Back from the Brink!
The Red Kite was voted ‘Bird of the 20th Century’ and Wales’ favourite bird, the story of the Red Kite in Britain is a remarkable one, and rightly celebrated as one of Britain’s greatest conservation successes.
In mediaeval times the kite was abundant in towns and cities. In London, it was protected by Royal decree, in recognition of its service in removing refuse and dead animals that could otherwise harbour diseases. In the 14th and 15th centuries the Red Kite was probably the most numerous and familiar bird of prey in Britain. All this was to change.
In the mid 16th century a series of parliamentary Acts were invoked aimed at controlling ‘vermyn’. As a result, over the following three hundred years, the unfortunate kite was systematically slaughtered. By the turn of the century a mere handful of pairs survived in the remoter valleys of mid-Wales.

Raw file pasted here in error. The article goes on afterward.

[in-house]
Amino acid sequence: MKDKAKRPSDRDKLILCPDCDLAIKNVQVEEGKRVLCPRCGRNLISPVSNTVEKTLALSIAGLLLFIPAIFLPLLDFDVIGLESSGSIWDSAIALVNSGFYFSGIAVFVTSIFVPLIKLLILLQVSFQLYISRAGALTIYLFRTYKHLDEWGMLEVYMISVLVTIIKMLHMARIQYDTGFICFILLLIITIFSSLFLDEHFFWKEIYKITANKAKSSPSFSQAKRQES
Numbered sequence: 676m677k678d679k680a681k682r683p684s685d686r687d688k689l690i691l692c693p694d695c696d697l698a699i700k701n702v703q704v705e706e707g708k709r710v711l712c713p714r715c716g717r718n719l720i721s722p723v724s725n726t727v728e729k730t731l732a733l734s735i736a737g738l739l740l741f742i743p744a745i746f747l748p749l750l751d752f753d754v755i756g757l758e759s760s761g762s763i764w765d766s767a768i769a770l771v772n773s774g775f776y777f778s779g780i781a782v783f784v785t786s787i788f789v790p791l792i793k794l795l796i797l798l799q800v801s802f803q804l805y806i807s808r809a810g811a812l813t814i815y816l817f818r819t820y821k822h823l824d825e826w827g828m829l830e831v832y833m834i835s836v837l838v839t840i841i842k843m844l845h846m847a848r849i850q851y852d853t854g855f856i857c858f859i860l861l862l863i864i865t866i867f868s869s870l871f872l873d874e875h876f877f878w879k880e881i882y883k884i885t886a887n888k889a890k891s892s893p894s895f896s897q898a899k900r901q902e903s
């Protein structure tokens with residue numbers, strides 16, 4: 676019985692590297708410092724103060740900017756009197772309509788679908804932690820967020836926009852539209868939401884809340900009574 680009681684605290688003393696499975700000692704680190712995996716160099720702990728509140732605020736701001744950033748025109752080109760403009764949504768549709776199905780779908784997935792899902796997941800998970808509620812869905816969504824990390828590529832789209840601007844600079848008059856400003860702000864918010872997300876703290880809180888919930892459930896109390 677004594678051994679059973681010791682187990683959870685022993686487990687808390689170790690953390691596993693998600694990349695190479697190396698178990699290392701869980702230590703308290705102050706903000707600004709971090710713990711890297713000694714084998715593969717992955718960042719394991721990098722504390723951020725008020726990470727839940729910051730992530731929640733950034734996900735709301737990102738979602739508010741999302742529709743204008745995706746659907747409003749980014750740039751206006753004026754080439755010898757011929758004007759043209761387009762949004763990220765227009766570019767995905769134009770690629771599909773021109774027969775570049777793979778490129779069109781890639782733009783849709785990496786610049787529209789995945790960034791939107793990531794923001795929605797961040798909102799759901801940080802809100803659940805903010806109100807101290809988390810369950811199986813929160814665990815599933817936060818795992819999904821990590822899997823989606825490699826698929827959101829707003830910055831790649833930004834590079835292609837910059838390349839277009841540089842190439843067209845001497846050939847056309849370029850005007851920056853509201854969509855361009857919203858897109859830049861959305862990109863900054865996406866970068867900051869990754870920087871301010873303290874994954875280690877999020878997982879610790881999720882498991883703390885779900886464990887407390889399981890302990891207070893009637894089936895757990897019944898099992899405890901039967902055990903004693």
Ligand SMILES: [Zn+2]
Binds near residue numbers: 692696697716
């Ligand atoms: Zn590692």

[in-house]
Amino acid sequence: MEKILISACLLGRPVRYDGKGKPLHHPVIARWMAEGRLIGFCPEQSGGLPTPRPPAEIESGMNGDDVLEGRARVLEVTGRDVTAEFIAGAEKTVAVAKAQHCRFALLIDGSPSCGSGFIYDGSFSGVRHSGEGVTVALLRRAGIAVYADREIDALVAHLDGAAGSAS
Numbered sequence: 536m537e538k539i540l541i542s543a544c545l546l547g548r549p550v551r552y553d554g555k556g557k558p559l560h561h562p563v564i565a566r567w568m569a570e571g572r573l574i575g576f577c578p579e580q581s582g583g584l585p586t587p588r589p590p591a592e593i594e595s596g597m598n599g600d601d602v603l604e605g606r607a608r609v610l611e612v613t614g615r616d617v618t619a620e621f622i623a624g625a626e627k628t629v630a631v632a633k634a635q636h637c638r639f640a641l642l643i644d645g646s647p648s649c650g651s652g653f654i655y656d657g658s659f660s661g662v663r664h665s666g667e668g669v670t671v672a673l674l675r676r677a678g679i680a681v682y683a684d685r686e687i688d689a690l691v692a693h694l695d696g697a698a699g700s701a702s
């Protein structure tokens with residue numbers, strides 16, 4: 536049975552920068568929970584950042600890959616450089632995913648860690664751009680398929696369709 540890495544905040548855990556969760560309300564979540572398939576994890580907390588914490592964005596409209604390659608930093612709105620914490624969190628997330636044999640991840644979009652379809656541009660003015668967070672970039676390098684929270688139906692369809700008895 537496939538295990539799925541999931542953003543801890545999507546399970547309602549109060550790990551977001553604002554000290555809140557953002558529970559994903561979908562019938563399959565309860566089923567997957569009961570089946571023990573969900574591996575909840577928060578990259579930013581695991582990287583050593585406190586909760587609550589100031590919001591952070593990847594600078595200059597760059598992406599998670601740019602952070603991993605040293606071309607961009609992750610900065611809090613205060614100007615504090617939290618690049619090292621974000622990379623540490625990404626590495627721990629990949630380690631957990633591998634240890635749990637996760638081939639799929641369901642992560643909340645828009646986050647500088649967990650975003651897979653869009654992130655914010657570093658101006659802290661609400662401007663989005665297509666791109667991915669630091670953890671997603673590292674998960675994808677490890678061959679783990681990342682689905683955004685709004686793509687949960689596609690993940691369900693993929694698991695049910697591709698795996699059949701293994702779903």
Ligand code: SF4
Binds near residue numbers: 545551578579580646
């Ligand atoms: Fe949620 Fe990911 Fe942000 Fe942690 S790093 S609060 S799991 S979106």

The subsequent recovery of the kite in Wales was not simply a matter of luck: a huge amount of time, money and effort have been invested in the past and so, in 1996, the Welsh Kite Trust was set up to ensure that the success already achieved was continued.